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DHR should provide more detail on 3-year-old's death

December 14, 2004

Before a 3-year-old Hagerstown girl died from injuries sustained in a beating, local authorities had initiated four separate investigations into possible child abuse.

Should the first three probes have been a warning sign to workers of the Washington County Department of Social Services that worse things were about to happen?

It's difficult to say, because the Maryland Department of Human Resources, the parent agency of DSS, is not providing all the details of the case, citing state regulations.

Given that the victim, Madyson King, died on Nov. 9, we don't understand why all the details of the DSS investigations shouldn't be made public now.

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They undoubtedly will be part of the public record when the case against the child's accused attacker - her father, Scott E. Patterson - goes to trial.

The child left the home of Michael and Jessica Hull, her mother and stepfather, on March 30, after Hagerstown police raided the home and found what they believed to be heroin.

From her maternal grandmother's house, the child went to the home of another relative and then on May 5 to live with Patterson - the child's fourth home since the March drug raid.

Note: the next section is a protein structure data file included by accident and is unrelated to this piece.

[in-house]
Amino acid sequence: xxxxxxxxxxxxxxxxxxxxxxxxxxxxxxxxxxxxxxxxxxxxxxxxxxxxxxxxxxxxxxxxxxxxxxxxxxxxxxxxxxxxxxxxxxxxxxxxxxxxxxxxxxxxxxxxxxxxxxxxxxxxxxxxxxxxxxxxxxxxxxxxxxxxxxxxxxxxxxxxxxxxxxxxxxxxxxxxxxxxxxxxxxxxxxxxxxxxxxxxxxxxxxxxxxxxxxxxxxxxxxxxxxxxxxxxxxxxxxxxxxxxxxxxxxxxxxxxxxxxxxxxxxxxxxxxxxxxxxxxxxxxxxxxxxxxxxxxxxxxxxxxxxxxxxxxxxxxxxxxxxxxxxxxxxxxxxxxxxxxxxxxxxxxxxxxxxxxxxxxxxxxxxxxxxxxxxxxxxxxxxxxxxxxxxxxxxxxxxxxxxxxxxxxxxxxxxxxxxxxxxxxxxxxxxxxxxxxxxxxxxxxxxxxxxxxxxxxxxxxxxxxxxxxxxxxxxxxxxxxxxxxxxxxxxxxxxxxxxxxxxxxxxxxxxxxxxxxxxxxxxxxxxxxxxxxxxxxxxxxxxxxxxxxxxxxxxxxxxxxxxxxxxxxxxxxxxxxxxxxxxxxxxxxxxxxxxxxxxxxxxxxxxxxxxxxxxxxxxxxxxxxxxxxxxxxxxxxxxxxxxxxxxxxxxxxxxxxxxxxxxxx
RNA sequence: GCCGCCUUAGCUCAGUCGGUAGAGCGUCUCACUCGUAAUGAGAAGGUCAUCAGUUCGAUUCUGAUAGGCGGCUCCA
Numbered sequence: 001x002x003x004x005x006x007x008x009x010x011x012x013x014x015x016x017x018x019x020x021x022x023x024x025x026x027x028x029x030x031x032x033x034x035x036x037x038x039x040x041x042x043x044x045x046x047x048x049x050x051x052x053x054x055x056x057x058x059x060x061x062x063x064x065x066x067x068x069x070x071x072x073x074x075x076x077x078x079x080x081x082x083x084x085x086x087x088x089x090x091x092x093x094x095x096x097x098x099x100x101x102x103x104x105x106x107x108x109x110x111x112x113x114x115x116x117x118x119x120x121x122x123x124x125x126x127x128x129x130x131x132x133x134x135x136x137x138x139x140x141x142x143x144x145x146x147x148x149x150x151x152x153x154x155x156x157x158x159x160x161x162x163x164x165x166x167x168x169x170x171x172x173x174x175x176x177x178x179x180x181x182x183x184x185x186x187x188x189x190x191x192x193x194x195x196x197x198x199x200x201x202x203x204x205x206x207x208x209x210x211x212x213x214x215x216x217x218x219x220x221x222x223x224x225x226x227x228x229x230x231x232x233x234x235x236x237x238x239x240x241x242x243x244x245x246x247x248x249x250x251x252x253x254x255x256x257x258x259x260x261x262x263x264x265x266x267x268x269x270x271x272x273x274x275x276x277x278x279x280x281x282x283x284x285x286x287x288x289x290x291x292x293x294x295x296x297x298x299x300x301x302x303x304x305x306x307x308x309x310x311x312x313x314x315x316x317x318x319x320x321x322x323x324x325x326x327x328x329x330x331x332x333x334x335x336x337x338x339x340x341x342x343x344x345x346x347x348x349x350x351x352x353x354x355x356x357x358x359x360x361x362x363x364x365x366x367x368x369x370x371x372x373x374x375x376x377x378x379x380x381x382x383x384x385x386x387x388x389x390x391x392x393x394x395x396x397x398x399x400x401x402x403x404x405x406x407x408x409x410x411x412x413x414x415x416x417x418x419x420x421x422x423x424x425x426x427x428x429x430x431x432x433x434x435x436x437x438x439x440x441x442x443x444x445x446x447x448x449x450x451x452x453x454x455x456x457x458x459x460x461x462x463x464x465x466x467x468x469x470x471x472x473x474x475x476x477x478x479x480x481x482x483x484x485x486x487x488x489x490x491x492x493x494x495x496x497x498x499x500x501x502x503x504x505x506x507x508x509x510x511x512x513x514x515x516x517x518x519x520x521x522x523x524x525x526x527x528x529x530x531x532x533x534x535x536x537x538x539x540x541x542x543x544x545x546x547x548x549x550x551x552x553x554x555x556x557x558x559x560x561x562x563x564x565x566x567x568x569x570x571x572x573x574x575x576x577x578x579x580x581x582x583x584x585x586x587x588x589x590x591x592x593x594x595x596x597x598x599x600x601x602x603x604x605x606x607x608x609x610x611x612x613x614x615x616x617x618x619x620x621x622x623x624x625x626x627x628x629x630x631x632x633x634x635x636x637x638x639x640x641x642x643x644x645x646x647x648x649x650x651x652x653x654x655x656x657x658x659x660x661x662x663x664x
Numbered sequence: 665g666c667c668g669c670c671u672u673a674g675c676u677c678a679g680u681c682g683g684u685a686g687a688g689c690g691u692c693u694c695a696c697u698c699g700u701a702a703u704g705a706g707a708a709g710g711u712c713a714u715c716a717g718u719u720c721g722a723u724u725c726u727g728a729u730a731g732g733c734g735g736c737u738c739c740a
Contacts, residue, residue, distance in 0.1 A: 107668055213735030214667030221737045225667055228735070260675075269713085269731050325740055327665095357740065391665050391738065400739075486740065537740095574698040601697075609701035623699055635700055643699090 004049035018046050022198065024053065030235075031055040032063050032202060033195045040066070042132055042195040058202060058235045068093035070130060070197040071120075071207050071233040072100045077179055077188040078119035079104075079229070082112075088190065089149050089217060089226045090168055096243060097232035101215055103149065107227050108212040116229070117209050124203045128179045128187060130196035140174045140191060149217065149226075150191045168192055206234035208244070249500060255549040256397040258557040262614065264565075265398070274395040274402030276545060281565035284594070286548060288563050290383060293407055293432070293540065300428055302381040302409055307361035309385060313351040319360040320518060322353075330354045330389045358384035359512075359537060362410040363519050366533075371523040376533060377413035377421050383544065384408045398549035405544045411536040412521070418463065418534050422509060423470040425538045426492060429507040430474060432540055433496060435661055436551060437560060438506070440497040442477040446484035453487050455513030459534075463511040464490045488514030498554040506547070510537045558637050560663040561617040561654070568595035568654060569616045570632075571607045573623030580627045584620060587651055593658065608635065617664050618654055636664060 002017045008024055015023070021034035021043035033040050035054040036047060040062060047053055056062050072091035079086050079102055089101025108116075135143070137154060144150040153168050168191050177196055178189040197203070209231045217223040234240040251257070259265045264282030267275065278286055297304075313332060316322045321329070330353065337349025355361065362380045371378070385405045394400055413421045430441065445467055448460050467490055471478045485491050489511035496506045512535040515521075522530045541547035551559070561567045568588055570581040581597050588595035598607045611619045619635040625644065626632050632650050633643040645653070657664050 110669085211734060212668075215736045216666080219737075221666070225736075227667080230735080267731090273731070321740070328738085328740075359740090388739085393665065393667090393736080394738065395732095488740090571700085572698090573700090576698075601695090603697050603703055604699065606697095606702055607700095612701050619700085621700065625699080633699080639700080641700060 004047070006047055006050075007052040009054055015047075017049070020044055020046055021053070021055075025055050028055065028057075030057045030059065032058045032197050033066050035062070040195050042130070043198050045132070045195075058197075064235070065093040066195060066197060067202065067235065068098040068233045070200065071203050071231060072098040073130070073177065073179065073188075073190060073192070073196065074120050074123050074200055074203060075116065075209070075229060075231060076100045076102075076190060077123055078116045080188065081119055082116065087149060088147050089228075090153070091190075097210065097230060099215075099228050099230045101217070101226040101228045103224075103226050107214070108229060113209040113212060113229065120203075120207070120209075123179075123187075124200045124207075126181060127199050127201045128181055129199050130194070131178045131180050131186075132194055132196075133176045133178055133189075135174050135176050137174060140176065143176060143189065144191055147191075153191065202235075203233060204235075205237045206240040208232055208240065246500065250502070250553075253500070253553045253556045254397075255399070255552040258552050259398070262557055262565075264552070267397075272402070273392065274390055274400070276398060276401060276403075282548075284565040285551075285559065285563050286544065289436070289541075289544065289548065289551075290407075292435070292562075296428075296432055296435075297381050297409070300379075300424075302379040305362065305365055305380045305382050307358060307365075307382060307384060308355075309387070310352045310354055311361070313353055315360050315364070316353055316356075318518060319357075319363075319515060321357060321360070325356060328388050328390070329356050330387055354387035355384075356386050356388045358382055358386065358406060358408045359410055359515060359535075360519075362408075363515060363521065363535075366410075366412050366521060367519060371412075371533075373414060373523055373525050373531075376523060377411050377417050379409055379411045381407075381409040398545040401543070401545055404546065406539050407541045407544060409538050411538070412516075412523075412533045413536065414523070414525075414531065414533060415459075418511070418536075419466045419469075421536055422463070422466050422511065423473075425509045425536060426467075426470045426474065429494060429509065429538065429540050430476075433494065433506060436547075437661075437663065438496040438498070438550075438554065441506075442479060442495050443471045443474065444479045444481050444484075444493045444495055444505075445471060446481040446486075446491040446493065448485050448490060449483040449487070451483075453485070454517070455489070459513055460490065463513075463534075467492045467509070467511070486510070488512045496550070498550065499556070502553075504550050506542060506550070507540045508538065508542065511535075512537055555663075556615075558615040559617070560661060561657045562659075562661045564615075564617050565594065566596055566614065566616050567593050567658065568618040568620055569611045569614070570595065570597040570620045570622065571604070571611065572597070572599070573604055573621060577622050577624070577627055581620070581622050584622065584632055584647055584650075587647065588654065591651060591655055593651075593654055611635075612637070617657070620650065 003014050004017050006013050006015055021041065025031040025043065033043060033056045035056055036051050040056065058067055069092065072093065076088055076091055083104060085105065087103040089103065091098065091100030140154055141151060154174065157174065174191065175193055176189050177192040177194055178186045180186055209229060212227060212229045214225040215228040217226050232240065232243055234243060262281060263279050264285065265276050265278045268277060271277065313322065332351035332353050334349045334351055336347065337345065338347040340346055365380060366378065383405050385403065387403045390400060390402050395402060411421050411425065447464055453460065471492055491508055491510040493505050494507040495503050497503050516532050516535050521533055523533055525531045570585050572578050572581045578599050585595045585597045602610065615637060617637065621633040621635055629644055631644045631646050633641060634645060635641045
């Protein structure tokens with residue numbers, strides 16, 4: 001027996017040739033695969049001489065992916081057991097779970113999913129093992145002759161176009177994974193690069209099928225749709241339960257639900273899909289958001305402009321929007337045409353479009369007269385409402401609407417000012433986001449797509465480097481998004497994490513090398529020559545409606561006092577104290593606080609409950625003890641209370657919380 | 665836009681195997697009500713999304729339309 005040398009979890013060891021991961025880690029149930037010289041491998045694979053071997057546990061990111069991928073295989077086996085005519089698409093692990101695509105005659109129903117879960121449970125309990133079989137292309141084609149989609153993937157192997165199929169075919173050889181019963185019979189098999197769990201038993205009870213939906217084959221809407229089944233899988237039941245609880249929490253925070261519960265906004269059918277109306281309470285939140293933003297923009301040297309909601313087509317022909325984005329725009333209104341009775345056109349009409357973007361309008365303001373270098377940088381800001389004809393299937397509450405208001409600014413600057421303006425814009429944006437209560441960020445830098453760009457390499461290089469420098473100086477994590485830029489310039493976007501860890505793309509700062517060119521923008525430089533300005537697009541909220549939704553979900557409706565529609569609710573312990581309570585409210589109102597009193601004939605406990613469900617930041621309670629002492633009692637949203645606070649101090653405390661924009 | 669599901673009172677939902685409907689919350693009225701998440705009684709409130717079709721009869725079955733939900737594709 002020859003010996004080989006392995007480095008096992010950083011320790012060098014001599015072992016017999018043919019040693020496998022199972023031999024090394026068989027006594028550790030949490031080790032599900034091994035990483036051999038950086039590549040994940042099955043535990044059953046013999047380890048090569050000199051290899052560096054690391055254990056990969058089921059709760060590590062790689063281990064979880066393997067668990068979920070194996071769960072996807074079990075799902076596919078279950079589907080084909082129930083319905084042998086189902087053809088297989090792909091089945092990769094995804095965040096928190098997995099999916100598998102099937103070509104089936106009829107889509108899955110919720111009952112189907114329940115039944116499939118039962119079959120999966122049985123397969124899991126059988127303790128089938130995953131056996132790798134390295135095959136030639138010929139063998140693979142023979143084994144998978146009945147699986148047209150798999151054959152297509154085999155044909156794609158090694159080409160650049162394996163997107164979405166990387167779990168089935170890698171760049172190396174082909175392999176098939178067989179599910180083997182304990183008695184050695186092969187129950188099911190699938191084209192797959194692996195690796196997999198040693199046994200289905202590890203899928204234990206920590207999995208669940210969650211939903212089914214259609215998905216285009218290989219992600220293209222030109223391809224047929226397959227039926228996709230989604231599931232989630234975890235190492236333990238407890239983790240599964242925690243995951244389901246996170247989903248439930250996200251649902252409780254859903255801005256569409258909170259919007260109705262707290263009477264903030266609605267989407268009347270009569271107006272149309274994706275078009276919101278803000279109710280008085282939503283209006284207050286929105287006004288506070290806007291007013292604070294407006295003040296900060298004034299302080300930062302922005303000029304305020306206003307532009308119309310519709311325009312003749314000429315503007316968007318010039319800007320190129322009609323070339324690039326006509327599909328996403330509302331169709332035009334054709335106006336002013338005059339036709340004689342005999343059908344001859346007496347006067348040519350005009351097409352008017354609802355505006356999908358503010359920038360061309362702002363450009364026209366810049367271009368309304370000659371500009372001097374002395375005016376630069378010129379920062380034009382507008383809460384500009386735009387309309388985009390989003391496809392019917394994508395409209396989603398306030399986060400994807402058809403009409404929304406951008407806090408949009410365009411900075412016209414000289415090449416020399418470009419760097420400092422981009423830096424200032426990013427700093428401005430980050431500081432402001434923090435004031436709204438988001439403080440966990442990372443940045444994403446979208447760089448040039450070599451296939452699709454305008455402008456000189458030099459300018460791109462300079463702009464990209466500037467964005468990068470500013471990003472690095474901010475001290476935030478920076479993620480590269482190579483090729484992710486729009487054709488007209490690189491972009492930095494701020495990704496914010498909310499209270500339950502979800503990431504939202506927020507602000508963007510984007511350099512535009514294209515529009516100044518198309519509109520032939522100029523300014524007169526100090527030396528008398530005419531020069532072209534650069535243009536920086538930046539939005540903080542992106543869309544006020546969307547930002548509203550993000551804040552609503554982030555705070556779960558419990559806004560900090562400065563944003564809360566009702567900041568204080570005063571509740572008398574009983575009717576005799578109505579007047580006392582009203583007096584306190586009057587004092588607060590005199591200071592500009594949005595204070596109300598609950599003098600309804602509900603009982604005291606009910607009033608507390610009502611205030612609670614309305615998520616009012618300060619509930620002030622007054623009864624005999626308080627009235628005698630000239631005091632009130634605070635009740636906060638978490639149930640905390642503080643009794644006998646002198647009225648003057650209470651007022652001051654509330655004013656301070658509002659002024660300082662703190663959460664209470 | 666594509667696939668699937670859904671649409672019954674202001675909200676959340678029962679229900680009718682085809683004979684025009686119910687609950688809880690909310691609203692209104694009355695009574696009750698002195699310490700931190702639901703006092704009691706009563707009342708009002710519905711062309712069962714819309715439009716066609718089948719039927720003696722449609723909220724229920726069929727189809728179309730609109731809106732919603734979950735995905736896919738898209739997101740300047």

In May, DSS again looked into the possibility of neglect and in September, probed the possibility of abuse after someone alleged there were bruises on the child's face. DSS found no cause for the complaint in either case.

After the September investigation, however, the Department of Human Resources reports that DSS workers offered counseling, but it wasn't clear whether that offer was made to Patterson or the child.

What is clear is that there are any number of agencies in the region, including the Parent-Child Center of Washington County, which provide parenting classes for those who might find it difficult to deal with the stress of raising a child.

How parents can be encouraged to take such classes absent a finding of abuse or neglect is something DSS and state legislators will have to work out.

Shame on them if they don't try. What their parents do children believe they can do as well. If pushing parents to attend classes to learn how to do life's most important job can save one child's life, then it will be time well-spent.

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